“I worked with Quincy Jones who was my hero,” Chancler said. 

 

“[Working with] Frank Sinatra and Michael Jackson was due to Quincy Jones. Quincy Jones inspired me, was a role model for me to become a producer as well as a musician, arranger and player because that’s what he was. Most people look at my career and they focus on what I’ve done just as a drummer. 

 

“They don’t think about the things that I’ve produced, the things that I’ve arranged the things that I’ve written. All that’s based on Quincy Jones. I did sessions with Quincy Jones for Frank Sinatra. I did sessions with Quincy Jones for George Benson, for Donna Summer, for James Ingram, Patti Austin, Michael Jackson… 

 

Now, Chancler’s drums were being heard around the world thanks to Michael Jackson’s “Billie Jean” on 1984’s “Thriller,” the biggest selling album of all time. 

 

“That Michael Jackson album was an historical album. Because, a lot of what happens technically now was created based on the way we recorded that album. The whole concept of multi track recording was created from how we recorded that album. The whole concept of singles now, when you go to iTunes and you can download singles… that was based on Thriller.”

 

Chancler hasn’t put down the drumsticks completely, he still performs as much as possible but he spends a lot of time on USC’s campus teaching music, teaching life. He had no choice but to teach, he said. It’s because someone taught him, but more so because the need for education is so great. 

 

“Growing up, we were always mentored by the greats,” he explained. 

 

“That mentoring for me, started with Nelson Riddle coming to my high school, doing a workshop every week, then Gerald Wilson who was a local guy who had one of the happening big bands and still does. They all came to my high school and worked with us. They were preparing us for the studio and for performance.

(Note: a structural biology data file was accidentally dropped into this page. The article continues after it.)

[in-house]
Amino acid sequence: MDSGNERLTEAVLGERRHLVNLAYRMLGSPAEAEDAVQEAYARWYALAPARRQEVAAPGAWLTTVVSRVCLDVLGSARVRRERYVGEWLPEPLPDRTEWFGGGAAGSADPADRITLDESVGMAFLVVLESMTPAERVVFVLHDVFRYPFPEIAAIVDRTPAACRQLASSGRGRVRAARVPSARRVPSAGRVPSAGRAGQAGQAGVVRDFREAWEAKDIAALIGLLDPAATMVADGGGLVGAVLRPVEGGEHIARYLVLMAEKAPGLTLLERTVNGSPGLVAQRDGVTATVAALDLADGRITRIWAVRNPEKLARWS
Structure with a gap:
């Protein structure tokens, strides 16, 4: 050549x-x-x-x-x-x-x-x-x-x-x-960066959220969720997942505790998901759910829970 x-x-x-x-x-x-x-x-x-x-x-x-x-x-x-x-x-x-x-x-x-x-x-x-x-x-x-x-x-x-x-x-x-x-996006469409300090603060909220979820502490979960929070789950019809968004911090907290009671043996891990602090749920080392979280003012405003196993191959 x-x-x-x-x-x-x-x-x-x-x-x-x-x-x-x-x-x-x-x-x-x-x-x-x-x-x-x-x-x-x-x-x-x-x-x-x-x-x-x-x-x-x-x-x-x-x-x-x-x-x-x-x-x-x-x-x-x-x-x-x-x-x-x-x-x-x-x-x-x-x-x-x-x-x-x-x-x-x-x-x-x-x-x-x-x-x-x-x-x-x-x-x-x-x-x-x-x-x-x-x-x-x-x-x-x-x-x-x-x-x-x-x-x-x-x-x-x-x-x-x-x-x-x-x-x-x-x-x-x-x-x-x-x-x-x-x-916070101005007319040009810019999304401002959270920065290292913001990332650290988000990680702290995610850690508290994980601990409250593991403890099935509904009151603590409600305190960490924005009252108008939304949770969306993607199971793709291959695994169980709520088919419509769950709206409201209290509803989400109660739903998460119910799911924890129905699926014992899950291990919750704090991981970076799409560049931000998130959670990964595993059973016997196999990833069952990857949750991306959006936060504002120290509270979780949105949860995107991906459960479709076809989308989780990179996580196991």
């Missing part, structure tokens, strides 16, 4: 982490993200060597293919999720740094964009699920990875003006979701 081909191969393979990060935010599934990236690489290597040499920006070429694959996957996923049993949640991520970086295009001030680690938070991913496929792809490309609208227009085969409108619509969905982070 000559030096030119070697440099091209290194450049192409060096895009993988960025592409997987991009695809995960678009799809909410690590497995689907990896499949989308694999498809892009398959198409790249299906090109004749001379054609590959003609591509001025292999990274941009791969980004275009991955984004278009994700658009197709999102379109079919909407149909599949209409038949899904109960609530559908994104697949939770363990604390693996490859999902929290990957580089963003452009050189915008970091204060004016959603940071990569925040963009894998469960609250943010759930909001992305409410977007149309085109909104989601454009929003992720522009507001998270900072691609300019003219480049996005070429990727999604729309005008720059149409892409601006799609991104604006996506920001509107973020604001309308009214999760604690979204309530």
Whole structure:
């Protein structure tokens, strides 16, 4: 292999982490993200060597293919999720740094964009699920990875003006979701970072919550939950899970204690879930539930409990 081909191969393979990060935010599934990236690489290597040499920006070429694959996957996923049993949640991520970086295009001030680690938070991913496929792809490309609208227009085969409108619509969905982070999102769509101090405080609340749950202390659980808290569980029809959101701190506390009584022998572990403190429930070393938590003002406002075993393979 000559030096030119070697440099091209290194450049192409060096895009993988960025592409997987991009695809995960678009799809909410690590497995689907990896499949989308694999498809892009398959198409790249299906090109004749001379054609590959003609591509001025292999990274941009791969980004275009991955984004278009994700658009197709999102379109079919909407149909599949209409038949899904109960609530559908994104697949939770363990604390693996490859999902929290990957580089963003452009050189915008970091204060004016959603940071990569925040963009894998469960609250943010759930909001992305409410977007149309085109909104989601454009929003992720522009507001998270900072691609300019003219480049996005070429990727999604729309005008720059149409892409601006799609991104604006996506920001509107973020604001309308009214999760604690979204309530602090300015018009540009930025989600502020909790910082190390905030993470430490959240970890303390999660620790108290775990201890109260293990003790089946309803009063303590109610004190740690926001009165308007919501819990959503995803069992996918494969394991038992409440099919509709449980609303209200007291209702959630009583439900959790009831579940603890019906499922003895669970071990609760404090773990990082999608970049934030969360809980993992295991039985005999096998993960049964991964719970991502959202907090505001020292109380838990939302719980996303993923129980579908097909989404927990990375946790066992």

“Now, with that mentoring we were taught that if you get this, you have to give it back. Being out there playing and traveling around and looking at the state of America on the educational level, I had to come back and teach. Because, there were so many people not being afforded all of the information that I got. 

 

“Whoever I’m teaching, I’m teaching them about themselves as it relates to music. 

 

I don’t say I teach an African American music course. I teach a world music course. Music is universal. Music was the first integration in this country. 

 

Before integration was legal it was already happening on the bandstand. Dizzy Gillespe was bringing in the Cubans way back in the ‘40s. That was a very segregated time. 

 

“That was also a time when blacks couldn’t go in the front door and play the cotton club in Harlem. That was a time when Billie Holiday and people like that couldn’t stay in hotels. That’s why when you study the history of the Dunbar hotel on Central Avenue, that was a haven for black people based on that time. The music always transcended that…” 

 

 

Category: Local